After two rounds in varying wintry conditions, the FIA World Rally Championship (WRC) moves to the gravel roads of Mexico next month, with the winner in Sweden last Sunday, 31-year-old Briton Elfyn Evans, adding a new exciting dimension to the most unpredictable WRC in decades.
Evans is the man of the moment following his gun-to-tape sweep in Sweden, a conquest the British fans continue to sample and wallow in since.
Evans, navigated by his compatriot Scott Smith, is the first Briton to win the 68 years-old winter Scandinavian classic, this year shortened following lack of traditional snowy conditions in Sweden and Norway.
Not since the heady days of the late Colin McRae and Richard Burns, winner of the 2001 WRC driver’s title, have Britons ever sampled the ratified air of the WRC Citadel club of champions in a foreign land like last weekend.
Evans was fastest in five of the nine competitive stages to out-gun defending champion Ott Tanak of Estonia in a Hyundai i20 by a mere 12.7 seconds after four days of high octane action under far from ideal climatic conditions which have singled out Sweden as the quintessential of demanding icy rallying conditions, traditionally a preserve of Scandinavian drivers.
Finnish youngster Kale Rovanpera completed Toyota Gazoo Racing podium domination. He was followed by six-time world champion Frenchman Sebastien Ogier in another Yaris.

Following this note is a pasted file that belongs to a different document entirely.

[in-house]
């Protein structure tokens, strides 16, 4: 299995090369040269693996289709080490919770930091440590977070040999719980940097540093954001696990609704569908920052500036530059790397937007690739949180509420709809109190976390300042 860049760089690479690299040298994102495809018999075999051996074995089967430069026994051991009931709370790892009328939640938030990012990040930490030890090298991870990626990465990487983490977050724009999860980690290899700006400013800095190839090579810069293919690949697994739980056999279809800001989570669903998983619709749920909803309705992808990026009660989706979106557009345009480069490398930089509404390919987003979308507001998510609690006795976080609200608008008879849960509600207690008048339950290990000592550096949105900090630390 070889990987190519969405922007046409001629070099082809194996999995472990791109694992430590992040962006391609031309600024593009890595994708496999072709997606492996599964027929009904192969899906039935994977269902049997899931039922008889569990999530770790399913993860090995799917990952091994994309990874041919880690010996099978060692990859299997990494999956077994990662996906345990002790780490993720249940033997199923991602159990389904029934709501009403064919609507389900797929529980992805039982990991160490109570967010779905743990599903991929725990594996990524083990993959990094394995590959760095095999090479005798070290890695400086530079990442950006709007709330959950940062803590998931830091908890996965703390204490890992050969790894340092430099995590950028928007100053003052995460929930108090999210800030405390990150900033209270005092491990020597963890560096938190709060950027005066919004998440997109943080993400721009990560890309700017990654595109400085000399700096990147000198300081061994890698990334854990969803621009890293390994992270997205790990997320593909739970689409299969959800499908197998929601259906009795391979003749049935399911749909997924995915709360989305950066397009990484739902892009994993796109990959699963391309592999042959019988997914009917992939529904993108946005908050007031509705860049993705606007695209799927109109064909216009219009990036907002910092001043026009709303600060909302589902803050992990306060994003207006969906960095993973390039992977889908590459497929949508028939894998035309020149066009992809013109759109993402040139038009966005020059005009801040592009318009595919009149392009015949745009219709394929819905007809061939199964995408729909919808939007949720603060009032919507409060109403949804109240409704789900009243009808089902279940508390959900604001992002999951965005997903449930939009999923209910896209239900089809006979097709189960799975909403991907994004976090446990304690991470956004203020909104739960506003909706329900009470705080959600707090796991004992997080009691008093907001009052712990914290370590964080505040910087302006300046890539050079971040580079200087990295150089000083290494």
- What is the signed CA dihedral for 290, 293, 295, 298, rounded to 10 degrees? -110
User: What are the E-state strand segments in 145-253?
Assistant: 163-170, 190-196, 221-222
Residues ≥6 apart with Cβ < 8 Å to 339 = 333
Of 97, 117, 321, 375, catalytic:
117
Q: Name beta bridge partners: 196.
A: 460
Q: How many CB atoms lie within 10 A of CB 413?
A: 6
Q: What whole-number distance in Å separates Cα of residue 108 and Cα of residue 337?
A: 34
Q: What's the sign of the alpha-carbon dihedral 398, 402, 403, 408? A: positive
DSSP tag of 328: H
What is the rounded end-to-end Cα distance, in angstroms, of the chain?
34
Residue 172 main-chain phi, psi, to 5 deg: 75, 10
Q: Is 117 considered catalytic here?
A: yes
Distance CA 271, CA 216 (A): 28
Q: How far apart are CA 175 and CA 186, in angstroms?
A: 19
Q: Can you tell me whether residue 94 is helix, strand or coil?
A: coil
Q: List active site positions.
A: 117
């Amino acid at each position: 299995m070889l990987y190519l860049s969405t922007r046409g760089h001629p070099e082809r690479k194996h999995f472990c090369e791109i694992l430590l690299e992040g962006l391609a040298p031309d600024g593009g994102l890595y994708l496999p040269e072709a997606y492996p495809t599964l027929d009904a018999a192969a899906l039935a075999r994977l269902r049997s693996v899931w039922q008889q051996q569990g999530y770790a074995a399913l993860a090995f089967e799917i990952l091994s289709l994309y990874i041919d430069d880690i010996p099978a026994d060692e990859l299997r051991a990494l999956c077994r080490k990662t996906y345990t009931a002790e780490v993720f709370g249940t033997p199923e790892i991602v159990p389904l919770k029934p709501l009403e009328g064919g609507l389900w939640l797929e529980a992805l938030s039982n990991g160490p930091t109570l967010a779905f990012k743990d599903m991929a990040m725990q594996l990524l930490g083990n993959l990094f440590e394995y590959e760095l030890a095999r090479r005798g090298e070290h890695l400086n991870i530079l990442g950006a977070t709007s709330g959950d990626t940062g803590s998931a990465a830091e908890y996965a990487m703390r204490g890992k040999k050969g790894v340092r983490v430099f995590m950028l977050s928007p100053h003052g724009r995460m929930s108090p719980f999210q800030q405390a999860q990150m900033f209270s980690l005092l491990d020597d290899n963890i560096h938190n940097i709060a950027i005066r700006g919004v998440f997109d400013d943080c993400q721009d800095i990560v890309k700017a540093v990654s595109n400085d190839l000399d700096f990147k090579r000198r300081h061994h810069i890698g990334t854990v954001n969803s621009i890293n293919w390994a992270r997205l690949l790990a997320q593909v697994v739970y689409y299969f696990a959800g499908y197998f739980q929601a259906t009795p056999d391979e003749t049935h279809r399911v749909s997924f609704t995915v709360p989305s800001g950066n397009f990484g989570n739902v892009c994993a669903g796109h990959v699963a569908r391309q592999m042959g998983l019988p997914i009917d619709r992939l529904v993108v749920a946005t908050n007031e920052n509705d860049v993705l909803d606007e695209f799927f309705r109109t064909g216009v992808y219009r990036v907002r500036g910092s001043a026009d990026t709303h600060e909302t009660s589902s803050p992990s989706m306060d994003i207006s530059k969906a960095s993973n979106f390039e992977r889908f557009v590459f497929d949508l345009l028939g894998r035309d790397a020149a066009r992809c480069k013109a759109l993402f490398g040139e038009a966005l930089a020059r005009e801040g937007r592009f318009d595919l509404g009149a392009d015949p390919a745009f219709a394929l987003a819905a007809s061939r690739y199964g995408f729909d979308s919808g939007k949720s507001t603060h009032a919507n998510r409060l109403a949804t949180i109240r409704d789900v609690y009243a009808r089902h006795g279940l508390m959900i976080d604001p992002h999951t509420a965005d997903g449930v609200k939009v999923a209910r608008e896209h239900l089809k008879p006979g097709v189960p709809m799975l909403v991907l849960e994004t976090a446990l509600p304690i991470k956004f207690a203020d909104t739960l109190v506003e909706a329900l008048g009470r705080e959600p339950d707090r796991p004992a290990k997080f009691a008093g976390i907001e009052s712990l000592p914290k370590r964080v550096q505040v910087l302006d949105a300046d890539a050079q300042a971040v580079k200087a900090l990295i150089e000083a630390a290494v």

Sweden was his second WRC triumph since his career-best laurels in 2017 WRC Wales Rally GB and, now barring the unexpected, he can only build on his 42-point lead in the championship.
He is level with Monte Carlo winner Belgian Thierry Neuville who was sixth in Sweden. But the Briton has a superior countback. They are followed by Ogier with 37 points and Rovanpera (30).
Evans moved from M-Sport Ford last year, ending the 2019 WRC in fifth, results attributed to his absence in three rounds due to injury.
Evans’ move to Toyota Racing Gazoo headed by two-time Safari champion Tommi Makinen is turning out to be the most formidable team in the world in the recent past.
Rovanpera’s third in Sweden underlies Makinen’s knack of identifying talent. Rovanpera is only 19 with only two outings in WRC factory team which places him fourth in the championship’s overall table.
He is a great prospect of re-discovering the rallying essence of the ‘Flying Finn” mantra after unprecedented total domination of Ogier and compatriot Sebastien Loeb (nine titles) from 2004.
Marcus Granholm was the last Finn, nay non-French driver, to win the WRC title in 2002 followed by Norwegian Petter Solberg (2003) before Loeb and Ogier annihilated the world since a stronghold only broken by Ott Tanak of Estonia last year. Rovanpera claimed five bonus championship points from his victory in the live Swedish TV Wolf Power Stage.
He was followed by Neuville with four points in a Hyundai i20, with Ogier taking three in third. Tänak clinched two points in fourth as another Finn, Esapekka Lappi secured one point in a Ford Fiesta in the fifth position.
The big question is can Rovanpera eclipse Jari-Matti Latvala who claimed his maiden victory in Sweden 2008 to become the youngest driver to win a world rally at 22 years and 313 days.